There are pros and cons for different modifications to obtain optimum brake balance but based on our observation and extensive experience in brake design, we believe #1 and #2 are the most effective way.

    To adjust bias, the entire front-rear system must be looked at as a whole. For example to reduce front bias, the most common practice is to increase the rear braking power. RB offers several front and rear upgrade options to allow customers to adjust any bias for optimal balanced system.

    There is hardly one setup that is optimally balanced for all. Even each driver's braking condition (e.g. how sharp of the turn and how you tap the pedal) can generate different biases with the same setup.

    Our rotors kits were designed to make up the deficiencies of Subaru stock set ups. To better understand this, here is an example.

    Rotor sizes of the early Forester model (98-2/02):

    Front: 277x24 mm (10.9"x0.94")
    Rear: 266x10 mm (10.5"x0.4")

    The brake bias in this setup was balanced, but Subaru likely felt that there was not enough overall braking power, so they increased the front brake rotor size for the late model Foresters:

    Rotor sizes of the late Forester model (3/02-08):

    Front: 294x24 mm (11.6" - Increase from 10.9")
    Rear: 266x10 mm (10.5" - No change)

    Although Subaru increased braking power in the front, they kept the rear brake rotor size unchanged! This likely led to the increase of front brake bias, so Subaru recently changed their brakes again for the 2009 Forester, enlarging the rear rotors:

    Rotor sizes of the 2009 Forester:

    Front: 294x24 mm (11.6" - No Change)
    Rear: 290x10 mm (11.4" - Increase from 10.5")

    Long before the 2009 Forester was released, RB had offered this rear 290x10 mm BBK upgrade kit. Many Forester owners have installed this kit to make up for the rear braking deficiency and to catch up to the latest design for a more balanced brake system.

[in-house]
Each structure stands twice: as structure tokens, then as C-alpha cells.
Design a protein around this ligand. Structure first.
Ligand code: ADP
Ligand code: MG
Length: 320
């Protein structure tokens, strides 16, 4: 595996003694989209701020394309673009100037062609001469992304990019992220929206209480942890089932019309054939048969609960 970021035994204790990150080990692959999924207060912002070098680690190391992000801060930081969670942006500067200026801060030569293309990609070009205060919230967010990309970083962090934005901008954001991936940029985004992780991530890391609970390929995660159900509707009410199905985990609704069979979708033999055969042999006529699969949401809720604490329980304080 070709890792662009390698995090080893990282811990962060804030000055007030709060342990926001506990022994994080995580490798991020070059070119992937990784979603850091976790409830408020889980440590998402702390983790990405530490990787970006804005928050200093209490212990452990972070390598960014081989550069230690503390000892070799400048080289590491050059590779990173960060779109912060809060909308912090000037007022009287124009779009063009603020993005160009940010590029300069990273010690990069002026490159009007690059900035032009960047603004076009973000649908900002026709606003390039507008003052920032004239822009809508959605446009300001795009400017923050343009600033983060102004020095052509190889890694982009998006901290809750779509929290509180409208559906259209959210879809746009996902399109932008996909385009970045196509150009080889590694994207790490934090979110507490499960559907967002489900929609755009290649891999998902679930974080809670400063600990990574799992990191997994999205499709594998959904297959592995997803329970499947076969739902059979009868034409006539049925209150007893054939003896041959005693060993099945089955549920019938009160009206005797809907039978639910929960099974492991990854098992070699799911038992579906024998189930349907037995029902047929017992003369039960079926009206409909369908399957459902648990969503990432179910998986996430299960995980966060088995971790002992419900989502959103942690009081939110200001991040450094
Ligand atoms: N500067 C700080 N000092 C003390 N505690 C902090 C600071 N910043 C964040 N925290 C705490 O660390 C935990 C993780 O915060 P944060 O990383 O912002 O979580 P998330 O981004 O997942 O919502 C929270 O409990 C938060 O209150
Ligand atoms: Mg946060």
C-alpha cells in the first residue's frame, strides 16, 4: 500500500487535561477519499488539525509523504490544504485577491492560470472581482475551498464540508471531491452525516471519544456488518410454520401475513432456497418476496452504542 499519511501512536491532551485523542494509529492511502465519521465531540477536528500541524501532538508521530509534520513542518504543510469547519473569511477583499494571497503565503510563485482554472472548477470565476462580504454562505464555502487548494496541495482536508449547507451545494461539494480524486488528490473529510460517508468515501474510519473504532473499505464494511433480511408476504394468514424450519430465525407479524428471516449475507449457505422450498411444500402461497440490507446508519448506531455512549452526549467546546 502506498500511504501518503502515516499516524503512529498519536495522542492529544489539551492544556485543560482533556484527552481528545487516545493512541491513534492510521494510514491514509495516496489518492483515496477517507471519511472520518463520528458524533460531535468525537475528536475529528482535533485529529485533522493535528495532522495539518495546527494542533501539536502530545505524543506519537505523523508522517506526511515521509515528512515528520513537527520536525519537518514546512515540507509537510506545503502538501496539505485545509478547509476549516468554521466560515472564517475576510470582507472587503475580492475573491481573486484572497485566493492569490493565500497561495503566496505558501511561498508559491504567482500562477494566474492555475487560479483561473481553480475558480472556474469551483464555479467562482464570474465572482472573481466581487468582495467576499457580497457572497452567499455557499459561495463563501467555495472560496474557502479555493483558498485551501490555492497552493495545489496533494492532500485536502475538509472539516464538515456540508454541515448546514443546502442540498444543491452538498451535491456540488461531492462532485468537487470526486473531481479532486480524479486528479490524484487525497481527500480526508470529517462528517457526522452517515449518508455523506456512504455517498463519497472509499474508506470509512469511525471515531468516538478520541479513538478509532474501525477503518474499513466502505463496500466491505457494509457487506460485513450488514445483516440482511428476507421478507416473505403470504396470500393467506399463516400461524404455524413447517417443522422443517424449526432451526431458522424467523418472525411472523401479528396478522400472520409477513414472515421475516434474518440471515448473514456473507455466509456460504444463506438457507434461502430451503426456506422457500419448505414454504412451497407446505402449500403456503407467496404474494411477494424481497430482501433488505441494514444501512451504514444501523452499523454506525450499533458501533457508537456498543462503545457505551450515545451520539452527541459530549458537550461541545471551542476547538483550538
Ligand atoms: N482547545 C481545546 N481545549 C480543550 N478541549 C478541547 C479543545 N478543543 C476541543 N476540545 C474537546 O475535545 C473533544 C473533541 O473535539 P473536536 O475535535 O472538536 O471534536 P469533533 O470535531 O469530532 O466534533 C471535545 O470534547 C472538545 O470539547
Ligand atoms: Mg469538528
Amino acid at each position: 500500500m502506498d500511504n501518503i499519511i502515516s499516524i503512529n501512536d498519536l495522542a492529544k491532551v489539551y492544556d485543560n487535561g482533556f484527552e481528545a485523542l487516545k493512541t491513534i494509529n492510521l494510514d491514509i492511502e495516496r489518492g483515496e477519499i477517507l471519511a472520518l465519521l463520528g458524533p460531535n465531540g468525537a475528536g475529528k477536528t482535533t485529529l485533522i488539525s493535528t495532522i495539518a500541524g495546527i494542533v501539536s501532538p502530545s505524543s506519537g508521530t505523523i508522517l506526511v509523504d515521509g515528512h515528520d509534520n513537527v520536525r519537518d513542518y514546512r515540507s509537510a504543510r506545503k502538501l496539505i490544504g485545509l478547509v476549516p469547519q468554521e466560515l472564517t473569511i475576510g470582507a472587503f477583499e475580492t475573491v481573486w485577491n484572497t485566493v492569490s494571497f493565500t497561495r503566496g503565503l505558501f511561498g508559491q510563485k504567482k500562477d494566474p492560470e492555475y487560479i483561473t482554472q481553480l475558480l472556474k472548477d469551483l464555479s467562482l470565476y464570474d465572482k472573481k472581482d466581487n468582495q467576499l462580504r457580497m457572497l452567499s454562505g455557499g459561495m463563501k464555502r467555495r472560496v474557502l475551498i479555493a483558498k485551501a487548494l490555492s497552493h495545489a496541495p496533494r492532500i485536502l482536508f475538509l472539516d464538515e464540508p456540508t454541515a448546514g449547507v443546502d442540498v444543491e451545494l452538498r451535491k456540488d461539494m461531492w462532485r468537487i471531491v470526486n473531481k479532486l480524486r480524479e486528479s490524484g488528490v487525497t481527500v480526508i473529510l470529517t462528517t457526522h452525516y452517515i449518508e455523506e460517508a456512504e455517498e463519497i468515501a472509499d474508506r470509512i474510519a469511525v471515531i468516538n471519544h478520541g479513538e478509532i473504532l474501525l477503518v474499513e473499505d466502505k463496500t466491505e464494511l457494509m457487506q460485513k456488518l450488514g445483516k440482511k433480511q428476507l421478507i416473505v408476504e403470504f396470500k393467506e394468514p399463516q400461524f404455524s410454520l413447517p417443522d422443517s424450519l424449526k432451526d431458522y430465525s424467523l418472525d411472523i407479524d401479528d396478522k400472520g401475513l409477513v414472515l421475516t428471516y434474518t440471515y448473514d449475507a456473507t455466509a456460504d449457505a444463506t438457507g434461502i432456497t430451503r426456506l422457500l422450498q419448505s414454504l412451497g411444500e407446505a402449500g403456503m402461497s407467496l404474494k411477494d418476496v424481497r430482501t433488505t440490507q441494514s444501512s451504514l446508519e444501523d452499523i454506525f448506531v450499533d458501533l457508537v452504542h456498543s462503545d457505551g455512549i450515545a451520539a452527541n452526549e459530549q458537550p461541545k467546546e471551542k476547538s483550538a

In the future, for '09+ models, if Subaru decides to upgrade the brakes further, RB will have already been providing BBK upgrades for a long time, with our soon-to-be released 322x25 (front) and 316x18 (rear) big brake kits.

    A better balanced brake system is definitely a wise investment for any car owner, not only for driving safety but also to lower maintenance costs. RB is proud to serve the Subaru community with effective yet affordable brake upgrades.


    • #3
      To summarize all above discussions, and keep up to the latest (2009) Forester set up for a more powerful and better balanced brake system, It can be concluded that the following investment is definitely worthwhile:

      For those pre-2002 owners - To upgrade both FRONT AND REAR BBK.

      For those 3/02 to 2008 owners - To upgrade the REAR BBK.

      We think Subaru has perhaps the most confusing and illogical stock brake set up than other car makes, but we keep track of them and hope this clarification is helpful to your decision.


      • #4
        There while those stock calipers typically use dust boot (instead of seal) which can easily be torn out....

        love me little,love me long!!